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Kansas State University

WHEAT TAXONOMY


Unaccepted Names Table

Many names for wild and domesticated wheat species do not qualify as accepted names under the International Code of Botanical Nomenclature (ICBN). They are rejected as illegitimate, not validly published, ambiguous, or synonymous. This table lists the most commonly encountered unaccepted names.

For those wishing to consult the ICBN, the current print edition is the 2000 ICBN (St. Louis Code) [reference], available in libraries and herbaria. The previous 1994 edition (Tokyo Code) is posted on the internet at http://www.bgbm.fu-berlin.de/iapt/nomenclature/code.

Unaccepted name
Status
Accepted name [1]
Ae. aucheri Boiss. illegitimate Ae. speltoides Tausch
Ae. caudata L. [2] ambiguous Ae. markgrafii (Greuter) Hammer
Ae. lorentii Hochst. synonymous Ae. biuncialis Vis.
Ae. ovata L. [3] ambiguous Ae. geniculata Roth [3]
Ae. squarrosa L. illegitimate Ae. tauschii Cosson
Ae. triaristata Willd. ambiguous Ae. neglecta Req. & Bertol.
Ae. variabilis Eig illegitimate Ae. peregrina (Hackel in J. Fraser) Maire & Weiller
T. columnare (Zhuk.) Morris & Sears not validly published not yet published
T. dichasians (Zhuk.) Bowden not validly published T. markgrafii Greuter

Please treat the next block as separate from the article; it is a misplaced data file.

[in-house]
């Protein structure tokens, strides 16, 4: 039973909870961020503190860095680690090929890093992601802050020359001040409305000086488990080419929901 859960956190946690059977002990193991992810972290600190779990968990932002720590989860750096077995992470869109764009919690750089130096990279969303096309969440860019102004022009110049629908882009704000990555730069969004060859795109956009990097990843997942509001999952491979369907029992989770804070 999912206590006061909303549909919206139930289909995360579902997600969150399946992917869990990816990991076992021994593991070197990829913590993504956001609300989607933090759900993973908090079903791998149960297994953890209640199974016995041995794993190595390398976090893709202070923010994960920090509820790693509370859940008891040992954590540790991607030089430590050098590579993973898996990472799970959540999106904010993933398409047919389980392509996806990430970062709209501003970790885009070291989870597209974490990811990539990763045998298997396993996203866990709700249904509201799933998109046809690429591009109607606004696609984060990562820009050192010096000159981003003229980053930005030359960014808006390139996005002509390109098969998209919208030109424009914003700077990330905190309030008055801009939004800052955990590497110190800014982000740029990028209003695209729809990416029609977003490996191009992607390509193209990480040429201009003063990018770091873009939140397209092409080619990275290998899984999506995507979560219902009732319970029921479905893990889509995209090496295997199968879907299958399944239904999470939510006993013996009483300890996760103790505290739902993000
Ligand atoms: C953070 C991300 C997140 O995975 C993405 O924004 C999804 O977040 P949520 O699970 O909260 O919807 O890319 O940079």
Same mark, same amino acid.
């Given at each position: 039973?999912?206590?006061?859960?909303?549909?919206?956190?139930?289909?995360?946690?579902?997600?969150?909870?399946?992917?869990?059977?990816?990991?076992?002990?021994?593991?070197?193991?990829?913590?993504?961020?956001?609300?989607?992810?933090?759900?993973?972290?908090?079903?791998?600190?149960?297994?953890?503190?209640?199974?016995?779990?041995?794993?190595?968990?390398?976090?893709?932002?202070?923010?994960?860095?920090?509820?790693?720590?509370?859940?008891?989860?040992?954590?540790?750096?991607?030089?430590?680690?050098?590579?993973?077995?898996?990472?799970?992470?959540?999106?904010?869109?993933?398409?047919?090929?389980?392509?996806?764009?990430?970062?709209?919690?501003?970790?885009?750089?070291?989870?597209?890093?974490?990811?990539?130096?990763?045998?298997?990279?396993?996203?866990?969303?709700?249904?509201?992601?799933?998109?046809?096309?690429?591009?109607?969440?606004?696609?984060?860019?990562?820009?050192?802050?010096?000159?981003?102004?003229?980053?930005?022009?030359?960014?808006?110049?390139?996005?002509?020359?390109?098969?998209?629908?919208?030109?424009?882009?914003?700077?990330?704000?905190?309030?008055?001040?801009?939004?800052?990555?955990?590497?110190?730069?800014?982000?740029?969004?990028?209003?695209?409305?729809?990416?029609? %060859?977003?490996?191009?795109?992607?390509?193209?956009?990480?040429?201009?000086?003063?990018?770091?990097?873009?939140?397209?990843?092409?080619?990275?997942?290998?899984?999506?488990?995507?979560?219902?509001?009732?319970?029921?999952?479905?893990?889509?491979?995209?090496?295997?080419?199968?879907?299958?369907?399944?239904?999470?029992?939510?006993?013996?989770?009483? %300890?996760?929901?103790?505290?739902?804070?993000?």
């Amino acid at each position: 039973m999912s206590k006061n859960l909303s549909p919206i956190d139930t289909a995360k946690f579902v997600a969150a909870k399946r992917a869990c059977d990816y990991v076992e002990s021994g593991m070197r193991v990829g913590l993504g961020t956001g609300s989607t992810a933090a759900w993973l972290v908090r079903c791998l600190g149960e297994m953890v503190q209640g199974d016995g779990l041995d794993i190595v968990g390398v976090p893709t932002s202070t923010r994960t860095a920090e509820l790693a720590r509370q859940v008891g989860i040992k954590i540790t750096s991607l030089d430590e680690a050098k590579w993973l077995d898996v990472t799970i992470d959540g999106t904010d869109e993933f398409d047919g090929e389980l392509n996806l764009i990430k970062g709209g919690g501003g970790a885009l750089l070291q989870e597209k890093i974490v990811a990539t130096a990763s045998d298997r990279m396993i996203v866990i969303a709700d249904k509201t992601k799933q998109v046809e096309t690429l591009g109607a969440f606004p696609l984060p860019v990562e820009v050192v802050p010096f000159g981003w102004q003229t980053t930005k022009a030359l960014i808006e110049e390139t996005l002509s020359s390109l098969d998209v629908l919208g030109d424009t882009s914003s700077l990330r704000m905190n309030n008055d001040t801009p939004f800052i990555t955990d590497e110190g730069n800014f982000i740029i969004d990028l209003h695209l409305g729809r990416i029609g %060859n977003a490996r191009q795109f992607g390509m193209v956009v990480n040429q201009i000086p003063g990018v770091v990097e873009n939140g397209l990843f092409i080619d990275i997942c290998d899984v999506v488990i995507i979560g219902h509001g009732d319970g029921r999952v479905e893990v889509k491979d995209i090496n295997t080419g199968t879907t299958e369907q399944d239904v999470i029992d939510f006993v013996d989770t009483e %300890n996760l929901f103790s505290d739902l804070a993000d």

T. ovatum (L.) Raspail [3] ambiguous T. vagans (Jordan & Fourr.) Greuter [3]
T. searsii (Feldman & Kislev) Feldman not validly published not yet published
T. sharonense (Eig) Feldman & Sears not validly published not yet published
T. tauschii (Coss.) Schmalh. [4] synonymous T. aegilops P.Beauv. ex Roemer & Schultes [4]
T. triaristatum (Willd.) Godron & Gren. ambiguous T. neglectum (Req. ex Bertol.) Greuter
Explanatory notes
  1. In the case of the ambiguous names listed in this table, the Accepted Name refers to the modern concept of the species. For more details on the history of each of these ambiguous names, see Greuter (1967), Scholz and Slageren (1994), and Slageren (1994) and footnotes 2 and 3 below.
  2. The 1994 proposal by Scholz and Slageren to conserve the ambiguous name Ae. caudata was rejected by the Permanent Nomenclatural Committee for Spermatophyta (ICBN, Div. III) in 1996. The correct name for the C-genome species in Aegilops is Ae. markgrafii; in Triticum, T. markgrafii; and in Orrhopygium, Orrhopygium markgrafii.
  3. As described by Linnaeus, Ae. ovata actually encompassed two UM-genome taxa Ae. ovata and Ae. neglecta (= Ae. triaristata). After Linnaeus, other botanists classifying these two species added to the nomenclatural confusion. In the modern taxonomy, Eig and Zhukovsky structured the concept of Ae. ovata as it has come to be understood, whereas Löve applied Ae. ovata in the sense of Ae. neglecta. Given the historical ambiguity of the name, the names Ae. ovata and T. ovatum are now rejected in accordance with the ICBN [see ambiguous names]. By the rules of priority, this species name changes to Ae. geniculata in Aegilops and T. vagans in Triticum.
  4. The correct name for the D-genome species in Triticum is still in controversy — T. aegilops (published 1817) or T. tauschii (published in 1897). According to Slageren, T. aegilops is the earliest published name for the D-genome species when classified in Triticum. However, this determination is still uncertain because Slageren did not verify that Roemer and Schultes, the botanists who published the name, were correct in their evaluation of the synonymy of T. aegilops. (cf. p. 423 of Slageren). In the Kimber and Sears classification, T. tauschii is used.